Seeking Amends for False Imprisonment

September 28, 1999 12:00 am

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BOSTON — How do the innocent collect when they are released from prison after spending years behind bars for crimes they didn’t commit?

In New York, they sue for reparations. In California and Massachusetts, they petition lawmakers for relief. But what they’re paid differs wildly, Associated Press reports.

A bill before Massachusetts lawmakers proposes an examination of how the state should make amends. Rather than leave monetary judgments to a jury or the Legislature, Rep. Thomas P. Kennedy has proposed establishing a commission to investigate and recommend possible solutions.

Civil libertarians say the system must compensate victims of its mistakes.

“I think that when there’s been a miscarriage of justice, the state does owe the person who has been harmed,” said Norma Shapiro, an American Civil Liberties Union legislative specialist.

But the idea of a public policy for compensating former convicts has raised concerns. Michael Sullivan, president of the Massachusetts District Attorneys Association, said payments shouldn’t be made to those freed on a technicality.

“It should really be truly set up and only considered for those that are clearly innocent and wrongly accused, charged, convicted and sentenced,” he said Monday.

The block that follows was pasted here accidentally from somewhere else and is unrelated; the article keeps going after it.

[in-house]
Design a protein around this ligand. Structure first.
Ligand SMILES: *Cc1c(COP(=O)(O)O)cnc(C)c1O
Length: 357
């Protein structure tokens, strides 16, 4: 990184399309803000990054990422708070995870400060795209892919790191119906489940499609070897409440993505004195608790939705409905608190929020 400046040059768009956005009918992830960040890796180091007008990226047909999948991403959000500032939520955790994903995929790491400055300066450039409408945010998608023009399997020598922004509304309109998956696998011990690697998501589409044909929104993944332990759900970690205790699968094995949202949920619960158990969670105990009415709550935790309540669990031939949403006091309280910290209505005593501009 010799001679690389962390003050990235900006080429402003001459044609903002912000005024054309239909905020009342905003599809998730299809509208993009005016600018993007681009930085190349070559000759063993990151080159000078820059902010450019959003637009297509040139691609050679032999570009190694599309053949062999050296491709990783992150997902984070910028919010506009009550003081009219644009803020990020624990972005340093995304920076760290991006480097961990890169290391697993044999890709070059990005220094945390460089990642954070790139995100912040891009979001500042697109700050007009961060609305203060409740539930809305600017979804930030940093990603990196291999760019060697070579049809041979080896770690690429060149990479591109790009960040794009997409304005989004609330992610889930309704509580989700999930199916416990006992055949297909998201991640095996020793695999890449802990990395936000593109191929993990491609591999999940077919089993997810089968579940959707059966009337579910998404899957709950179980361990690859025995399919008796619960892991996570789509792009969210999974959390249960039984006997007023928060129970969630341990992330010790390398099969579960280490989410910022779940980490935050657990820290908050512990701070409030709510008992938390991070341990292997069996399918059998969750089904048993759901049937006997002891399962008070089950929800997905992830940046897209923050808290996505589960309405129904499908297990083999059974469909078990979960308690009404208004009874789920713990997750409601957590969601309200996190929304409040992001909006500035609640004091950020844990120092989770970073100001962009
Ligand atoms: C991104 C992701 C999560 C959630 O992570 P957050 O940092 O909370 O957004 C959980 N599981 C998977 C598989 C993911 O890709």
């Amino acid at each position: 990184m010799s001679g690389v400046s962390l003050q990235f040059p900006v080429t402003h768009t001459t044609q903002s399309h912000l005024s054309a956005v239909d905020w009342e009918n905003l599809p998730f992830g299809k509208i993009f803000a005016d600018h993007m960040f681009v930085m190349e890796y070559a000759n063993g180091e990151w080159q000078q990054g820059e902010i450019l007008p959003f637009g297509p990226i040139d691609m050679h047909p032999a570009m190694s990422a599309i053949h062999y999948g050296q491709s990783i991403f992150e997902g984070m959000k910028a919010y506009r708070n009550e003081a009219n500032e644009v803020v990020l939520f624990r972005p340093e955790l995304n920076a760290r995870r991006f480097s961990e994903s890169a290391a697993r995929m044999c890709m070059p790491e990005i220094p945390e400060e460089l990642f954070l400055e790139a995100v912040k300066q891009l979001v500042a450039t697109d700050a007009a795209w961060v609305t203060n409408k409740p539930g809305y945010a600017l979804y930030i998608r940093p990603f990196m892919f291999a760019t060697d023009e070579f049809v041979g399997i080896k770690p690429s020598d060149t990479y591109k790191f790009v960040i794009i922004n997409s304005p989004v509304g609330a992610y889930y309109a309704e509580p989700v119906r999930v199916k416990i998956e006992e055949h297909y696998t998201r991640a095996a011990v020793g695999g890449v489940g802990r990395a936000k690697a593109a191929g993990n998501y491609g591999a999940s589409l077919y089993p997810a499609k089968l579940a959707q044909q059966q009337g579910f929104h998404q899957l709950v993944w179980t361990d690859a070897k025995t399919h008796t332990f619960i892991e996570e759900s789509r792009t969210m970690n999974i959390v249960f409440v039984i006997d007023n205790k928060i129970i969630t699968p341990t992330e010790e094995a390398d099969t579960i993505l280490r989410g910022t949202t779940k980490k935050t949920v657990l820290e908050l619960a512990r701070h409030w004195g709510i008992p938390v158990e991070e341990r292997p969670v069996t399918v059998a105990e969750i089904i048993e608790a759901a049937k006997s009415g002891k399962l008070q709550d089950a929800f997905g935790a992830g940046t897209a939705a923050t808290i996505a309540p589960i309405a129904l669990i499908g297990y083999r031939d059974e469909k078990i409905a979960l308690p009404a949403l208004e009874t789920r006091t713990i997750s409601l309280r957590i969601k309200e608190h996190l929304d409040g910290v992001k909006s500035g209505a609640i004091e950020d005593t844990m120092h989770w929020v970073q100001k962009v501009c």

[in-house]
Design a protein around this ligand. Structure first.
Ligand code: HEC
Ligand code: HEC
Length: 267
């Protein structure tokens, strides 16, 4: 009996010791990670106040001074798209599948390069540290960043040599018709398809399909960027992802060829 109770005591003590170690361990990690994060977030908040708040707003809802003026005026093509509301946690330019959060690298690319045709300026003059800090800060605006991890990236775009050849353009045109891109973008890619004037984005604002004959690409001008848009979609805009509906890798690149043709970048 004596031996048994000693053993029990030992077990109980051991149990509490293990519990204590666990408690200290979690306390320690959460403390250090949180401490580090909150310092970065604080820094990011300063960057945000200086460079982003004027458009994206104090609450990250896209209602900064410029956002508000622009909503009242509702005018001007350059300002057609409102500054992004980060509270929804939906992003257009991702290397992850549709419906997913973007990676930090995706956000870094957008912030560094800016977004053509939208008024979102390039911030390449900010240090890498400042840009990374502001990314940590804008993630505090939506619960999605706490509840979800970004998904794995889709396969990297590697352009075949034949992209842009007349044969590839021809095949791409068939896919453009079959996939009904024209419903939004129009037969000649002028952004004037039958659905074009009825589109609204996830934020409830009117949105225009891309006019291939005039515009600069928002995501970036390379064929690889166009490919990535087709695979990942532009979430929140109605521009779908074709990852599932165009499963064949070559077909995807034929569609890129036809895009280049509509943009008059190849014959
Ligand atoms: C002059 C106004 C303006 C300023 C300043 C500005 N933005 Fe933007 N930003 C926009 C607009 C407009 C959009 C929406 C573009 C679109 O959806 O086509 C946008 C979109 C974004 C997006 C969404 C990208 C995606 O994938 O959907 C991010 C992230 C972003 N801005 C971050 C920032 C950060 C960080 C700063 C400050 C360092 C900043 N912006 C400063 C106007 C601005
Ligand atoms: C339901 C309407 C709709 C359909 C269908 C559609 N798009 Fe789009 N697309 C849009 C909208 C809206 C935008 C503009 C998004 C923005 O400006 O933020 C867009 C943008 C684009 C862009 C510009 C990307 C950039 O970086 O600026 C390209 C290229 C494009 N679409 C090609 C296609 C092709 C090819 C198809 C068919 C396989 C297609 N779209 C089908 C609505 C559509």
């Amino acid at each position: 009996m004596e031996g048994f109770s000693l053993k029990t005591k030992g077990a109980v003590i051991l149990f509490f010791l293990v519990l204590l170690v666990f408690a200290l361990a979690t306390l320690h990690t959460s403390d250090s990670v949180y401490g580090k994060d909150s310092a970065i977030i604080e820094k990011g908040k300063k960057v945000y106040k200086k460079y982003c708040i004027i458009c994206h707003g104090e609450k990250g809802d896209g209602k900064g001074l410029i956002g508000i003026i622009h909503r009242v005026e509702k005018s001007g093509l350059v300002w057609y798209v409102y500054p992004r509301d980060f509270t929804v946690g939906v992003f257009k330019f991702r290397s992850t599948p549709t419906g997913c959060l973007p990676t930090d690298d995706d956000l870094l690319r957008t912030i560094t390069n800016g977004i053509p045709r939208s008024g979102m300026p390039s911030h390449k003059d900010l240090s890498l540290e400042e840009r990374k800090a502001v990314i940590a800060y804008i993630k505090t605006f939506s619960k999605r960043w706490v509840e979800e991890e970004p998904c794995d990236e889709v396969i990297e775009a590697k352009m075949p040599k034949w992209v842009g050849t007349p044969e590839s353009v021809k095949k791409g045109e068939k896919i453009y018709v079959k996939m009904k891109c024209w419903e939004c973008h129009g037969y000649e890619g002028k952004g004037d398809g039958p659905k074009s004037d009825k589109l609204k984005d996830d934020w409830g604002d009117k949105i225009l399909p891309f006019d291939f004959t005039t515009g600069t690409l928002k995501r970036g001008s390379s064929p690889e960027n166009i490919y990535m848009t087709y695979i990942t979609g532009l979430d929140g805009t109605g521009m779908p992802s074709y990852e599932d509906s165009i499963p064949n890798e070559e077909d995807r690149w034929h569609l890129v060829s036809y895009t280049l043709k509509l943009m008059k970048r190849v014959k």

Fourteen states, the District of Columbia and the federal government have statutes addressing compensation for those wrongly imprisoned, according to an article in a recent publication of the American Bar Association.

Two states – New York and West Virginia – do not limit damages. Elsewhere, caps range up to $300,000, while the federal limit is $5,000. California, for example, allows up to $10,000, which former Marine Kevin Lee Green received after spending 17 years in prison after being convicted of beating his wife and killing their unborn child. Citing DNA evidence, a judge ruled in 1996 that Green did not commit the crime; earlier this year, the actual killer was convicted after confessing.

Green is appealing to lawmakers to pass a bill that would give him $650,000, equivalent to about $100 a day for every day he spent behind bars.

“How do you compensate for that kind of time?” Green said. “For the things I missed that I can’t get back?”

The ACLU’s Shapiro said people like Green often lack political clout or the money to win their fight for compensation.

“We have only just begun to recognize that those who have been wrongly convicted are also victims,” she said.

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